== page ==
Friday, May 9, 2008

This is so weird.

I was on a drama team called Youthquest in college, which was part of a larger group of singing, activities, and other drama teams. It was a blast. I met some of my favorite people in the world by being a part of it.

In October, we are having a YQ reunion back at good ol' LU. So, in honor of such an occasion, I have spent hours this past week scanning pictures onto my computer and then posting them online for all of my fellow YQers to admire.

Today I was looking at this pic of my roommate Lisa and I at an LU football game. The fact that I was far too busy socializing and doing photo shoots to pay any attention to the game is not the weird part. Believe me...

I've looked at this picture hundreds of times. In fact, I think I used to have it framed. What caught my eye today for the first time was that guy with his hat on backwards way over in the far left corner. Yep, you guessed it. It's Wes. (In case you're wondering how I can possibly tell, the row of guys next to him are all his college buddies.)

If you don't know our story, Wes and I attended Liberty together for three years, but ran in completely different circles. This may be the only picture we have of us together during our college experience.

I often give him a hard time for not noticing me until three years after we graduated--I mean look at how cute I was. But this picture may speak a thousand words. I find myself wanting to whisper in my ear, "Hey, little girl, turn around pay some attention to what is right in front of you!"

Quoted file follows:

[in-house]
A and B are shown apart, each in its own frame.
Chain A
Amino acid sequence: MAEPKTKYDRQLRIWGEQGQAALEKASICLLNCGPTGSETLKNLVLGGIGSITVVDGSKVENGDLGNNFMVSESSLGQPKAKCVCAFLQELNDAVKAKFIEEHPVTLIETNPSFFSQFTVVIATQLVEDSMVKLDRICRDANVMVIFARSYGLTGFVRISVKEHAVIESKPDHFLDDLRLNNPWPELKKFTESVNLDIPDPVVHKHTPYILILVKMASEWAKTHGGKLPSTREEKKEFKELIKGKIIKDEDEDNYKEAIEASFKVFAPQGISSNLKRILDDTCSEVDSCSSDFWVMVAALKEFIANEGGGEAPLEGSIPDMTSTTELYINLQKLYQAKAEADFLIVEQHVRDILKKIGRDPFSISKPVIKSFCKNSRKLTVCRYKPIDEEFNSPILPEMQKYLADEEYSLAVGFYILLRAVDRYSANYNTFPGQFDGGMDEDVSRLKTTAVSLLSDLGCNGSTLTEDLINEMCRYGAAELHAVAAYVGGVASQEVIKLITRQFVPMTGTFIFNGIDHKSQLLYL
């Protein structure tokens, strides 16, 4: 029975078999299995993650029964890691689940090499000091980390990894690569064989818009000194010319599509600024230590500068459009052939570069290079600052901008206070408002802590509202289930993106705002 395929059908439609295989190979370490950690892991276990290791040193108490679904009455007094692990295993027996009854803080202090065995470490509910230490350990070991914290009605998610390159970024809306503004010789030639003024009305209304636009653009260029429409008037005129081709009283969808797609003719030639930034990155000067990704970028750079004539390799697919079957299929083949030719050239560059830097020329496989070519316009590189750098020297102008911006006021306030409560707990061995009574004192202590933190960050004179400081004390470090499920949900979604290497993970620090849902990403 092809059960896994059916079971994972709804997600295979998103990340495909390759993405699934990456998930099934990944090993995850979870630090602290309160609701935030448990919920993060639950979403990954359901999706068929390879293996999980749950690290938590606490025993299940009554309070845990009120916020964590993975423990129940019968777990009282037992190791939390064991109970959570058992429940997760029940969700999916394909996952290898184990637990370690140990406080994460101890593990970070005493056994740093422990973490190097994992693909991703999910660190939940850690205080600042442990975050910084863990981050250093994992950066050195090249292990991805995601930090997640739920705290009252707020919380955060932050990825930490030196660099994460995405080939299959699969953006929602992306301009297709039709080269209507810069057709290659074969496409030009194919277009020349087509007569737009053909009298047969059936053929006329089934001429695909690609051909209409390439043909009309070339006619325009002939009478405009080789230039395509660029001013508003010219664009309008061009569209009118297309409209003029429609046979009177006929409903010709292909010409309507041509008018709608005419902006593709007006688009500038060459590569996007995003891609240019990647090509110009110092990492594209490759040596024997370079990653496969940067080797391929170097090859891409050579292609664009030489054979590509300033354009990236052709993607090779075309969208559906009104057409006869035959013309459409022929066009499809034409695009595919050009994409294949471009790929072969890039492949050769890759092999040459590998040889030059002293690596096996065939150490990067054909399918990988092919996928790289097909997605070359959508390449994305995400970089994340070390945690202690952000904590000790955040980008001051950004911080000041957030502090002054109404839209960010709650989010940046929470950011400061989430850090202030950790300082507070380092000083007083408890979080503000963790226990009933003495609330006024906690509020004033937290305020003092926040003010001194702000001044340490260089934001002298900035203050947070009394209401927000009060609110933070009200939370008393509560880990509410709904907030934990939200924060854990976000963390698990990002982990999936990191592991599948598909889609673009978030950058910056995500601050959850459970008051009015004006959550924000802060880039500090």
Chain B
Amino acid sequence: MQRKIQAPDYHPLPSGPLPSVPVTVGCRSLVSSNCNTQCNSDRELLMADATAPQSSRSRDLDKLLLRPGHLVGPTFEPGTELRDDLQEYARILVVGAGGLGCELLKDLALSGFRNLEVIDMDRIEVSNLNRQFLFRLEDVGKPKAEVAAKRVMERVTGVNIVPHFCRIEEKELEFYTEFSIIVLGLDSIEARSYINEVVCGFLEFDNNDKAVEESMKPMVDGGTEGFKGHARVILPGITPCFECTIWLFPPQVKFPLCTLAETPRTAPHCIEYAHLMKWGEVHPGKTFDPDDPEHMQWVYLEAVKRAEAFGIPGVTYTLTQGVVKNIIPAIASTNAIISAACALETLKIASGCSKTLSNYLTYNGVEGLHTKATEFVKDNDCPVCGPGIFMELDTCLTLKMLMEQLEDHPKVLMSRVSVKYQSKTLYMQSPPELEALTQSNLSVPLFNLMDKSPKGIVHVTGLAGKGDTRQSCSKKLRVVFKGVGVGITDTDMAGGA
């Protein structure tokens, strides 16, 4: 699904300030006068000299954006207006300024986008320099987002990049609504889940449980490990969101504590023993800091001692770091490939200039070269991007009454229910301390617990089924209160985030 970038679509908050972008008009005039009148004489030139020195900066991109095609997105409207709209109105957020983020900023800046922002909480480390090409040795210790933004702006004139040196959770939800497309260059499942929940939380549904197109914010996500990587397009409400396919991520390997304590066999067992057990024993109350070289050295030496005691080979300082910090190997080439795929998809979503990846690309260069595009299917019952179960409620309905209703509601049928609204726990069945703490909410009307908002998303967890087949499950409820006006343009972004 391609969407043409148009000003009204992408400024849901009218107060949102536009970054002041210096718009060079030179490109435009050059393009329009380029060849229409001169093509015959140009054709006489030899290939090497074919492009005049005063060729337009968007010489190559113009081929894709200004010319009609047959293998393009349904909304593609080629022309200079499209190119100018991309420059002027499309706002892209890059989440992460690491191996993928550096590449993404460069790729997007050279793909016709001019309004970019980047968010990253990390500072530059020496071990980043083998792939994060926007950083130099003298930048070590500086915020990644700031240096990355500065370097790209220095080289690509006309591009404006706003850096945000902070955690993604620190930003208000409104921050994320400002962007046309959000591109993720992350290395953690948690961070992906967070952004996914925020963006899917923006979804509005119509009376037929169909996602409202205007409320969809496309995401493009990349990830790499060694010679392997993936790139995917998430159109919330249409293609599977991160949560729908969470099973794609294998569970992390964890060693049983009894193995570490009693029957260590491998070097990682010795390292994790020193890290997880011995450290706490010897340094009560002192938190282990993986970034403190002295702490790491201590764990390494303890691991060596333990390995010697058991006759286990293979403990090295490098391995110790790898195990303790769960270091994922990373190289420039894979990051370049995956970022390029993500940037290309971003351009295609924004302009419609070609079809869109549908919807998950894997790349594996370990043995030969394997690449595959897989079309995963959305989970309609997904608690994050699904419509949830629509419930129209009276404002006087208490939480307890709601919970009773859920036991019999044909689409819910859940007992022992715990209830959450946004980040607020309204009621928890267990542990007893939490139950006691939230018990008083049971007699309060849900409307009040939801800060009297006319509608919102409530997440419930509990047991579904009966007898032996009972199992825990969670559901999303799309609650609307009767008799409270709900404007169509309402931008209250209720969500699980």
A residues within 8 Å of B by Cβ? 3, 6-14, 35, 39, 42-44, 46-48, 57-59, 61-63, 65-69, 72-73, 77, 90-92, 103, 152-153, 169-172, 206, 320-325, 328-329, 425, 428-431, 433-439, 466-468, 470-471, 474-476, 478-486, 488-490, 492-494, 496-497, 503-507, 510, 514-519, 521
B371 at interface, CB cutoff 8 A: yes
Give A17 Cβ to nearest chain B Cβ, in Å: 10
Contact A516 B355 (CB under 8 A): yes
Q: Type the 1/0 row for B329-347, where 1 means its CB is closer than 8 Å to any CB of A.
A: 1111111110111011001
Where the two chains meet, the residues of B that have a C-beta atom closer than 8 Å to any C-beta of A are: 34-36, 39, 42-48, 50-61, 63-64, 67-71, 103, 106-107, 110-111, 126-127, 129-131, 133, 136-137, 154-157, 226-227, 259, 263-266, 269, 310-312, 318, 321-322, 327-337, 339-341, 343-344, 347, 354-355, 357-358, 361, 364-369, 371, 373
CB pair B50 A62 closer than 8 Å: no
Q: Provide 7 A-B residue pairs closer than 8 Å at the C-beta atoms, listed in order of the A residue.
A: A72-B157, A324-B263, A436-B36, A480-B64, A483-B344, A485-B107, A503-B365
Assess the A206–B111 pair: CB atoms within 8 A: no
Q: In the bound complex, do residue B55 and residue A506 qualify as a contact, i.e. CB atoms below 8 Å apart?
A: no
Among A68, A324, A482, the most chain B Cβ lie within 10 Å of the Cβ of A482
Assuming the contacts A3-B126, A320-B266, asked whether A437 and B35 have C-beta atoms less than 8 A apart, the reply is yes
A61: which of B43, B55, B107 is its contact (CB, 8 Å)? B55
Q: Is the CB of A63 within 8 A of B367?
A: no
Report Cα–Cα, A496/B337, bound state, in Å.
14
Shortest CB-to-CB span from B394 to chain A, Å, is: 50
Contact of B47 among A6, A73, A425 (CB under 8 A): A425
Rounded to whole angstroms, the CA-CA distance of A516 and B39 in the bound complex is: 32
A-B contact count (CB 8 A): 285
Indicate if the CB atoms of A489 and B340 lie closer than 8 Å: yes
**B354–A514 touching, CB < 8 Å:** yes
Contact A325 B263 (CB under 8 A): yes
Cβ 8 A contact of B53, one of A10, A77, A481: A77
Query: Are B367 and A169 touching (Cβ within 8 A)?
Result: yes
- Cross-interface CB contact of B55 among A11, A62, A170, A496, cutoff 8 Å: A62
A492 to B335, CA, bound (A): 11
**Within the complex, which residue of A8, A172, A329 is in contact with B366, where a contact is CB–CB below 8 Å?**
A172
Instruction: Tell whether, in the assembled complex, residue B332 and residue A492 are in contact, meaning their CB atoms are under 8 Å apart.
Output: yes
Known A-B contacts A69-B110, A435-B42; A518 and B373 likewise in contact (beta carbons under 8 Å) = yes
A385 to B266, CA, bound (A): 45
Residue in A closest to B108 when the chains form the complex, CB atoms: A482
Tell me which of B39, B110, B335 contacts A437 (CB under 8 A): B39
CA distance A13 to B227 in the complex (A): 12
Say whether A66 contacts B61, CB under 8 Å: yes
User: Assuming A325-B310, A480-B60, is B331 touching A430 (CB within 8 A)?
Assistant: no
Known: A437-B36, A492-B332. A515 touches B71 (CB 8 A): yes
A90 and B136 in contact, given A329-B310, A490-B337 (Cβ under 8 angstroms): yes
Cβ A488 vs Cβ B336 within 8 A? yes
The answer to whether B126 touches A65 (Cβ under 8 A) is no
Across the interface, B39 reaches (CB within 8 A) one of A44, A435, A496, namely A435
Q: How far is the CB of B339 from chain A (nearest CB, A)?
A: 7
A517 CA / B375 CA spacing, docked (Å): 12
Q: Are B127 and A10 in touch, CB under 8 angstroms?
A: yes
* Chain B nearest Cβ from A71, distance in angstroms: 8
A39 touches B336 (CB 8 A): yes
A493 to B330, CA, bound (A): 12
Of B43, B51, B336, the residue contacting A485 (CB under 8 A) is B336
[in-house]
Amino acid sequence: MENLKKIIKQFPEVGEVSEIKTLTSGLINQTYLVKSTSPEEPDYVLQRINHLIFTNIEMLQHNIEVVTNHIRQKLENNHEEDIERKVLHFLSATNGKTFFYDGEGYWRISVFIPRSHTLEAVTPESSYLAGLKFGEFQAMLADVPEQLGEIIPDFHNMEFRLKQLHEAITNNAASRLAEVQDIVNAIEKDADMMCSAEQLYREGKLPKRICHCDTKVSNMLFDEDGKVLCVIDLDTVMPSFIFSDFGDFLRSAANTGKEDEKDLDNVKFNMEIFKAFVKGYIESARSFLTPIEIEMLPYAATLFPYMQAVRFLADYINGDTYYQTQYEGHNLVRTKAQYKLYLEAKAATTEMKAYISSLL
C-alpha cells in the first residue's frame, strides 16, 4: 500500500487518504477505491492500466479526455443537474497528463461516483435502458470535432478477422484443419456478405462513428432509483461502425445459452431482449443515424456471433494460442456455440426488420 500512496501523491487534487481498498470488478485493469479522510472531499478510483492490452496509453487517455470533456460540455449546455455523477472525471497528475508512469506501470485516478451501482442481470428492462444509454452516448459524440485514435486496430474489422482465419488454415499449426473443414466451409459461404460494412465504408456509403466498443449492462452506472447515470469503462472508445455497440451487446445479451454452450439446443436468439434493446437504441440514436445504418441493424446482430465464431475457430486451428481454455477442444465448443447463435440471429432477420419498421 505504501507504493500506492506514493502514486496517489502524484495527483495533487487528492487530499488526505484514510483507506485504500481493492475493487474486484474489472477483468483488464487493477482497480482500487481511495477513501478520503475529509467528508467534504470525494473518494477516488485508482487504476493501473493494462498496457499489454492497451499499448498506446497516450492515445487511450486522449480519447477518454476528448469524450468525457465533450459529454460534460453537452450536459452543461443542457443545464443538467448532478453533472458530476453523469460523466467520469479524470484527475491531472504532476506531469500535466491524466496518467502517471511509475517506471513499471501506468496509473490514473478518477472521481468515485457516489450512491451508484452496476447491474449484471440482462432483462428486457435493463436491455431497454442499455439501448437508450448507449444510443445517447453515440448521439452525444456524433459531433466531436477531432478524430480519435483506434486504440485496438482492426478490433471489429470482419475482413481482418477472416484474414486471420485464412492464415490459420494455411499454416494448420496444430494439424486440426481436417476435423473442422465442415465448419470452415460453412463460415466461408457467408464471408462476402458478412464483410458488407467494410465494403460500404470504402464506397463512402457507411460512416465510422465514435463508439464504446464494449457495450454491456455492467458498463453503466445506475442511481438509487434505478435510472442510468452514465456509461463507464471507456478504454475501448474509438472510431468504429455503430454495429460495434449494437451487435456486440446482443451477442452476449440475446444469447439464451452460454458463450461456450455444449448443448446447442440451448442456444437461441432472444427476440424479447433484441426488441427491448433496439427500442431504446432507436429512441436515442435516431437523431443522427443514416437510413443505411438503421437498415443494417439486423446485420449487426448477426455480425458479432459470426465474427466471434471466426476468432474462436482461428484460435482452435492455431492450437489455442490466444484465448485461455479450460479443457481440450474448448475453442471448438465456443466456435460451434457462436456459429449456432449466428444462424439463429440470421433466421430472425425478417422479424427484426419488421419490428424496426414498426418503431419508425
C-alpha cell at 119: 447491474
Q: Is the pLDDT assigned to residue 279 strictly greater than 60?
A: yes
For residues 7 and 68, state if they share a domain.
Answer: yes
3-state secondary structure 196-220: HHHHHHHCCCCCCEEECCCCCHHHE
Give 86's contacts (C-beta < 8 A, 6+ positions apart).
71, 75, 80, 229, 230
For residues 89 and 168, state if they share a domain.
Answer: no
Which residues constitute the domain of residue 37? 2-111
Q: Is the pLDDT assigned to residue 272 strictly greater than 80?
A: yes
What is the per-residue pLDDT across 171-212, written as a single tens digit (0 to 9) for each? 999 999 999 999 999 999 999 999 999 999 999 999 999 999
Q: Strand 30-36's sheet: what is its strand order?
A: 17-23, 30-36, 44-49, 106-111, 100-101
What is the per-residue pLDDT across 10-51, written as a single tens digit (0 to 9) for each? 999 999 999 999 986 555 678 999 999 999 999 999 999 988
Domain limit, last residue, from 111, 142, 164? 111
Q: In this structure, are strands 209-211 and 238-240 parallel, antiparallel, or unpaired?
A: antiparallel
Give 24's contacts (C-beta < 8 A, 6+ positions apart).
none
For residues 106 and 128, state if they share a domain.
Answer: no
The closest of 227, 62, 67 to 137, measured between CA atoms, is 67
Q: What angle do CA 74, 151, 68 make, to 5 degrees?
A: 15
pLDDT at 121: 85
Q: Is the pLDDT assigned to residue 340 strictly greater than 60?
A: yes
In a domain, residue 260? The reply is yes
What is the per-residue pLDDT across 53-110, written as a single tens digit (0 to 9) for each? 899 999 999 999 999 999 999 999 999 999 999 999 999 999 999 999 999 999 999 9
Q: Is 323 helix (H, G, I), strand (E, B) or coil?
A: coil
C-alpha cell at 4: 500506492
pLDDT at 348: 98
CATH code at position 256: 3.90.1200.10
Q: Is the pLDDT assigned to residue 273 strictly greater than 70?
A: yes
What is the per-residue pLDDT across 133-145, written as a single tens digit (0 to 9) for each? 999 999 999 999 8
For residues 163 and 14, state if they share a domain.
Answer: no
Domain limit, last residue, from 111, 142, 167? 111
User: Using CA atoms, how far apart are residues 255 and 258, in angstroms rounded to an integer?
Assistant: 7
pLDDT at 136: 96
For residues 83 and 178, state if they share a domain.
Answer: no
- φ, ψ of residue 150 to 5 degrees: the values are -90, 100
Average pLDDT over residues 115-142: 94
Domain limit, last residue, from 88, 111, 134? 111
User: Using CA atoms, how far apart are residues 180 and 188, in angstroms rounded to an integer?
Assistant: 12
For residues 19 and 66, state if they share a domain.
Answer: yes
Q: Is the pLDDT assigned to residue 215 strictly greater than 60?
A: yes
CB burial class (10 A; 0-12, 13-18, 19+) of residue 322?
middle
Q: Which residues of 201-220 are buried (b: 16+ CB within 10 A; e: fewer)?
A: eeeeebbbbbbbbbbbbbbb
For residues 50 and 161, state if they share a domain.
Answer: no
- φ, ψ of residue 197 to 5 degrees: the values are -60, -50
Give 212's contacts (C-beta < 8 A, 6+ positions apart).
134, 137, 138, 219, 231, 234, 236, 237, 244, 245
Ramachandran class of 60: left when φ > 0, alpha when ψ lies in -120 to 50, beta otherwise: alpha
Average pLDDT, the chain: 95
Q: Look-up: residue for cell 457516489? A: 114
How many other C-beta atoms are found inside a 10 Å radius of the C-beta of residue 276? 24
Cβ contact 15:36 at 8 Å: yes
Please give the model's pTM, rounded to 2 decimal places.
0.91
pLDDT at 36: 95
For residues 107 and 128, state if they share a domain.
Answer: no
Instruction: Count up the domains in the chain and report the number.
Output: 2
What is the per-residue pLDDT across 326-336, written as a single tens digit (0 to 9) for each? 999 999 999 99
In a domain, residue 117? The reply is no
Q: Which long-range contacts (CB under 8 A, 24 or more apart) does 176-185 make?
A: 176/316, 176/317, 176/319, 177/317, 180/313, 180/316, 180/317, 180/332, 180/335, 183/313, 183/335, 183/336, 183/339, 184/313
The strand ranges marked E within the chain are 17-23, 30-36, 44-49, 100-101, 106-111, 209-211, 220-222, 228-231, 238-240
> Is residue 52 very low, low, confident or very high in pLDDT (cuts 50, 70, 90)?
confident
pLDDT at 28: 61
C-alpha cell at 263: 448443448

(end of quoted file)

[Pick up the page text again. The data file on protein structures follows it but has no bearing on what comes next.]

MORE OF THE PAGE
Tuesday, May 6, 2008

Goodbye, novelty.

**Thought I'd share a little glimpse from my journal entry yesterday morning.

The novelty is wearing off.

This is how I feel about a couple of situations in life right now.

1) Wes's unemployment. The first two weeks were rather euphoric. Filled with leisurely mornings together, trips to the park, softball games, dreaming about what the future holds, help with the grocery shopping. Doesn't get much better than that. The third week, a hint of restlessness cropped up. By the fourth week, the silver lining on our situation started to turn a shade of gray. With each check of the e-mail and glance at the caller ID, the realization that our dream job offer may not be on the immediate horizon has started to set in.

2) Ministry: I have come up against my own limitations several times lately in our youth ministry. Nothing huge...just frustrating. Whether it be leading a worship song in the completely wrong key (sigh), or fumbling through figuring out how to push my small group toward obedience, I've felt my original enthusiasm wane thin at times.

While the urge to throw in the towel is only minor, the temptation to begin to lose hope hovers just over my head.

Doubts begin to circle. "Who am I to think I have anything to offer? It was naive of me to think that the future was so bright."

This is where drudgery starts to set in. I've been here before.

Today, God reminded me that when drudgery meets dependency, hope is created and renewed.

"If we define the nature of our lives by the mistake of the moment or the defeat of the hour or the boredom of the day, we will define it wrongly. We need roots in the past to give obedience ballast and breadth; we need a vision of the future to give obedience direction and goal. And they must be connected...For Christian faith cannot be comprehended by examining an Instamatic flash picture which has caught a pose of beauty or absurdity, ecstasy or terror; it is a full revelation of a vast creation and a grandly consummated redemption. Obedience is doing what God tells us to do in it." A Long Obedience, pp. 169, 170

Goodbye, novelty. Hello, dependency.

And hope.